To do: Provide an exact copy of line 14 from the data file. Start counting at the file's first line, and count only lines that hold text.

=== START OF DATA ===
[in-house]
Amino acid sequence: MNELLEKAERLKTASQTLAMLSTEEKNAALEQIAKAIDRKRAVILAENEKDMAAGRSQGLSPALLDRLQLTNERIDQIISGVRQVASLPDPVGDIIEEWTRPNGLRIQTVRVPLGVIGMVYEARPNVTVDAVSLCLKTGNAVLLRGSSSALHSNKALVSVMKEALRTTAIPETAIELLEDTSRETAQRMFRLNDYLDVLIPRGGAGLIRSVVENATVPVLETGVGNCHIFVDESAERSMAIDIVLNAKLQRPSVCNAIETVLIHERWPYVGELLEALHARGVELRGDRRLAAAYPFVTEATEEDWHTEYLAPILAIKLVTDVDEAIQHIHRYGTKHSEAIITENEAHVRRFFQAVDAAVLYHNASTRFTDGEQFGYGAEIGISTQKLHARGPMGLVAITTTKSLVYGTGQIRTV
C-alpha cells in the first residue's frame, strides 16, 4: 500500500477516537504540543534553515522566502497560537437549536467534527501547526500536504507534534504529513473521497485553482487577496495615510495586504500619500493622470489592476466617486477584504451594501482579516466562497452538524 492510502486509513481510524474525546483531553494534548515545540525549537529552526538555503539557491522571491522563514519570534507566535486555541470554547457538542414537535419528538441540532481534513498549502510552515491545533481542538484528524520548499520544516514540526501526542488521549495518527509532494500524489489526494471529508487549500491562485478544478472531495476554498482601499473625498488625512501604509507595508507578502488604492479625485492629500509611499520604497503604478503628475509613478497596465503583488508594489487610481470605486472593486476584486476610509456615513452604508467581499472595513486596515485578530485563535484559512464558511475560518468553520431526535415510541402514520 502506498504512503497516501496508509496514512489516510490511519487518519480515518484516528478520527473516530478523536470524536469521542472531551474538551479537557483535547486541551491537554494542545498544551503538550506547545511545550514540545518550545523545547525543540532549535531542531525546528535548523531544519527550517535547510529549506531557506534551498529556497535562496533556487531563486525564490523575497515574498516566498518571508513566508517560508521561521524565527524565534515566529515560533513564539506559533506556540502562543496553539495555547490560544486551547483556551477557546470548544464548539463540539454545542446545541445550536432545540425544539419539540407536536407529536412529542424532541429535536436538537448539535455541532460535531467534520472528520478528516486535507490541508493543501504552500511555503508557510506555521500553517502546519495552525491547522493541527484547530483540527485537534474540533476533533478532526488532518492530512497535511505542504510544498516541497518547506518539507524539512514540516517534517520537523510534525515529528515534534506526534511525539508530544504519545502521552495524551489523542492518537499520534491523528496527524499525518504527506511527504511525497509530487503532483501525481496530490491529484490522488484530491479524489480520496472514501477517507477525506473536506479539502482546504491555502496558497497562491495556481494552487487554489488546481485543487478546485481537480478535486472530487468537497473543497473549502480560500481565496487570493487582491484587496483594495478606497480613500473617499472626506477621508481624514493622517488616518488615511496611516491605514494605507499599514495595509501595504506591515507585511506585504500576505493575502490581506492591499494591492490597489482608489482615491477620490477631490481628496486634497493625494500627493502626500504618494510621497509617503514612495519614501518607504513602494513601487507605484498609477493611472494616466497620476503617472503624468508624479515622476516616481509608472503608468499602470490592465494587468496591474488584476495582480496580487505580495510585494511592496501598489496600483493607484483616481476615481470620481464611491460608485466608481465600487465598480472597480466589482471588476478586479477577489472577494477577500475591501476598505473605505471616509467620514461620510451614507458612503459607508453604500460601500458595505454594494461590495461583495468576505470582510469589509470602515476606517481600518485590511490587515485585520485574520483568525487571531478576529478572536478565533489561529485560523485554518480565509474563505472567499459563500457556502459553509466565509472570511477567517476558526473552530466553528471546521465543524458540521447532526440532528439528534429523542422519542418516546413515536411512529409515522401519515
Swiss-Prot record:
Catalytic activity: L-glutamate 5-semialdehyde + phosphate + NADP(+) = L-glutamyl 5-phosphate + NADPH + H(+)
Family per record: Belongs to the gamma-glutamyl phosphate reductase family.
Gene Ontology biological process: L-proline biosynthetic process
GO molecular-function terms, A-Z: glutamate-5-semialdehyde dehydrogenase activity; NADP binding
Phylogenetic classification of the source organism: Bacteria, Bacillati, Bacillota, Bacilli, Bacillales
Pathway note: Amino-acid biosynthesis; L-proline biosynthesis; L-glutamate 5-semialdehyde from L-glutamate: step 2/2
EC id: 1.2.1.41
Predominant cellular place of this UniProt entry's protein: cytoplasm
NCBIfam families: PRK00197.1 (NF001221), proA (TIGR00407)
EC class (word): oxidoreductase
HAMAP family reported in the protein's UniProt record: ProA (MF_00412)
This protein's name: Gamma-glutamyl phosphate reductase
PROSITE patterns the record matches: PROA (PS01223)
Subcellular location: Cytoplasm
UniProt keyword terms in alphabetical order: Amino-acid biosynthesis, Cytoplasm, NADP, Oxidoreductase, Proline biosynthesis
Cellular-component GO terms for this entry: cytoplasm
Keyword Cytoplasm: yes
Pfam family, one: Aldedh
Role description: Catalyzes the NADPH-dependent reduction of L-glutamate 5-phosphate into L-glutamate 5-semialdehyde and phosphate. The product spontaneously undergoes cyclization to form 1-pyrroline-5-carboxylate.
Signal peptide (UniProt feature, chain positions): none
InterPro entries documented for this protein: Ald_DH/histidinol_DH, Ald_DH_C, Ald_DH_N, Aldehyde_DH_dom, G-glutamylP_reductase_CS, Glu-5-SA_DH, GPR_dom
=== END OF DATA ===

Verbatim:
EC class (word): oxidoreductase